I recently discovered an exceptionally thorough series of tutorial videos from EleVR, a research group dedicated to testing VR methods. This series does an excellent job explaining the unique challenges associated with spherical stereoscopy, and even includes helpful animated gifs! (I will absolutely be using / citing these in my future presentations. 🙂 )
Via http://elevr.com/cg-vr-1/ :
Monoscopic Spherical Imagery (one eye looking in all directions)
Incorrect Stereoscopic Spherical Imagery (two eyes rotating around in their sockets)
Correct Stereoscopic Spherical Imagery (A camera rig emulating two eyes with one convergence point)
The article goes on to explain that there are two main methods configuring the cameras in a stereo rig, Converged and Parallel, with Off-Axis configuration “splitting the difference.” A presentation from www.sky.com entitled “Basic Principles of Stereoscopic 3D” excellently explains the pros and cons of these methods (as well as defining a glossary of relevant terms). Because this blog is long enough as-is, I’ll just go ahead and say that Off-Axis is generally the best bet for comfortable spherical stereo. I’ll elaborate more in my thesis!
Off-Axis Stereo Configuration via http://elevr.com/cg-vr-1/
Once the camera rig is good to go, it’s time to start rendering a stereo image. This is a tricky process due to the omni-directional nature of spherical video. Rotating the entire camera rig around a central node means that for each still frame, neither camera will have a fixed position. It’s important to capture information from all 360 degrees of rotation, otherwise the stereoscopic offsets will converge when a user looks to the side.
So, how can you create a single spherical image out of a moving camera?
Methods for producing stereoscopic panoramas have existed for quite some time– just look at this paper from Paul Bourke, circa 2002. Through a process called “strip rendering” or “roundshot,” each camera in the stereo rig renders a 1-degree vertical slice while rotating around the rig’s central node. These slices are then stitched together into a stereoscopic set of image spheres.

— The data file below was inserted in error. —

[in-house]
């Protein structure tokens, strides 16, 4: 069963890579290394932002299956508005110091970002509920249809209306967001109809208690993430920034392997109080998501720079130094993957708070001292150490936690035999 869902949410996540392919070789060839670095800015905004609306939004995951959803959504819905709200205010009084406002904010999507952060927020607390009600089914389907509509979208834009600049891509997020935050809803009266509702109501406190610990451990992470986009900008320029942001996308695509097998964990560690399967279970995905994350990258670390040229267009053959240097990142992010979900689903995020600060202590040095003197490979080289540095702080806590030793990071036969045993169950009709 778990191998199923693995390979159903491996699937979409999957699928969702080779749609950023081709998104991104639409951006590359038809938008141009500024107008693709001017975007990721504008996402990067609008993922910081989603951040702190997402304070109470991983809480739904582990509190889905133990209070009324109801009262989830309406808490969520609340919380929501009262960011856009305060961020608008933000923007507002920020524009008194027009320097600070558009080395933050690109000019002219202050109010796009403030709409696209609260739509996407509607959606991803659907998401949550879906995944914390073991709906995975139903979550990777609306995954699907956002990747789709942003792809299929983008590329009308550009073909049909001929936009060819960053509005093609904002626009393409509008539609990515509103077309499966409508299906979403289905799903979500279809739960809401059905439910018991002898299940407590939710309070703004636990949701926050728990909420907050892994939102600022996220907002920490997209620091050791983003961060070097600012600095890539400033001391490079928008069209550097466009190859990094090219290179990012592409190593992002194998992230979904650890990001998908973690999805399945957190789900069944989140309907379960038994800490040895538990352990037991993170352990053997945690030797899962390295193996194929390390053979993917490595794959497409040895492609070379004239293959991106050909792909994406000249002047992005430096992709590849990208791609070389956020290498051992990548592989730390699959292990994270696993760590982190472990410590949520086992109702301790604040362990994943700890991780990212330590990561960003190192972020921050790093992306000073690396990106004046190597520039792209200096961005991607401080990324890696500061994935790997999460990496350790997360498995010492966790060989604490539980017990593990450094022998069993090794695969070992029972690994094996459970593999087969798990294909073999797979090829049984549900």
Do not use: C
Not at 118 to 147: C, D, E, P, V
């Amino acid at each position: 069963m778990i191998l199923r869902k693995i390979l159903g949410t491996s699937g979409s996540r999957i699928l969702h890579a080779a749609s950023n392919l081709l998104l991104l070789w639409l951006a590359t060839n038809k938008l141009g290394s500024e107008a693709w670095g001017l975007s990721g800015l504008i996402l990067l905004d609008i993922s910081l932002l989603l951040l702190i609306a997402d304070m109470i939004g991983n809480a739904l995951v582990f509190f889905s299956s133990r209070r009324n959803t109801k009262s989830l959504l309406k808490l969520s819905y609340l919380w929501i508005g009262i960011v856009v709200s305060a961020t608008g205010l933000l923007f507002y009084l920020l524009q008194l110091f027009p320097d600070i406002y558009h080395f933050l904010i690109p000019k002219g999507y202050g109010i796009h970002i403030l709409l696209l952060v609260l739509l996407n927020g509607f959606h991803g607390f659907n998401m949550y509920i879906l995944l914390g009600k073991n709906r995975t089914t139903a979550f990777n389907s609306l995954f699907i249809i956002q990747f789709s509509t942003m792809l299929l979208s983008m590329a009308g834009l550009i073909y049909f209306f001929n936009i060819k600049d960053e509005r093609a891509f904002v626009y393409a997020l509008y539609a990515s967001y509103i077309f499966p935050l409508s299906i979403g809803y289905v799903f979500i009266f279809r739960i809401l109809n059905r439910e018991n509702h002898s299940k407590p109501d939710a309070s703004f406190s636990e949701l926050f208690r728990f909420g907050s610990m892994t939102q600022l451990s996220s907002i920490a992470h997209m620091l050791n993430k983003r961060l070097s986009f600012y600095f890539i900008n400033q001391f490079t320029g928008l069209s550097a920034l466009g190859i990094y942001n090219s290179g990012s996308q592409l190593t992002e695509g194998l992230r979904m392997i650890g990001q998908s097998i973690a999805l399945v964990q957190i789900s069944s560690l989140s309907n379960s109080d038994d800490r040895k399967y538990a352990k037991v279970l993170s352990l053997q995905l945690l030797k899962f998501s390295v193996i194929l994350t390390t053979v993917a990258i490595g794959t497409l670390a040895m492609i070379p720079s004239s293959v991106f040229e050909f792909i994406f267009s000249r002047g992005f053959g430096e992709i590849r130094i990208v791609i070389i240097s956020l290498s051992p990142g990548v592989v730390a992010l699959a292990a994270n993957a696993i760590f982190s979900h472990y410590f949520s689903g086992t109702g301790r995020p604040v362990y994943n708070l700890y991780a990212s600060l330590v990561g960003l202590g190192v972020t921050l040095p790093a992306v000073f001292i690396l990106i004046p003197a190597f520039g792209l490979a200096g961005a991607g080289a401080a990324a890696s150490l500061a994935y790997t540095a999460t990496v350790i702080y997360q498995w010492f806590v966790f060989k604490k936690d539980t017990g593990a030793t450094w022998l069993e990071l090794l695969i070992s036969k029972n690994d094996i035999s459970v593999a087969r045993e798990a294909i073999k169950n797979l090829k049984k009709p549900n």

Strip Rendering via http://paulbourke.net/stereographics/stereopanoramic/
This process is, sadly, time consuming and labor intensive. It works well for still imagery, but would be an insane undertaking for the suggested 60 frames per second of low-latency VR video. Thankfully, we can just use the incredibly helpful Domemaster 3D Shader by Andrew Hazelden. The Domemaster plugin works with Maya and Mental Ray, and has output options for different stereo configurations and spherical transform formats. According to the shader’s Github repository, it also supports Mental Ray, Arnold, and (thankfully) VRay for Maya. There’s even a convenient shelf!
This is the current collection of Domemaster3D V1.6 Shaders.
Assuming that the shader works with the VRay licenses I have available, the Domemaster plugin is the most viable solution for rendering stereoscopic spherical video at a speed reasonable for a VR animation pipeline. The EleVR Maya tutorial details out the steps, and although they use Mental Ray I expect similar results for my tests this week.
Domemaster tutorial via http://elevr.com/cg-vr-2/
…Getting this all to work on Drexel’s render farm will be a story for another day.
Testing & Implementation
I’m confident in the validity of my research, but I still need to test my assumptions. I’ll write a follow-up post with the results of my tests in the near future!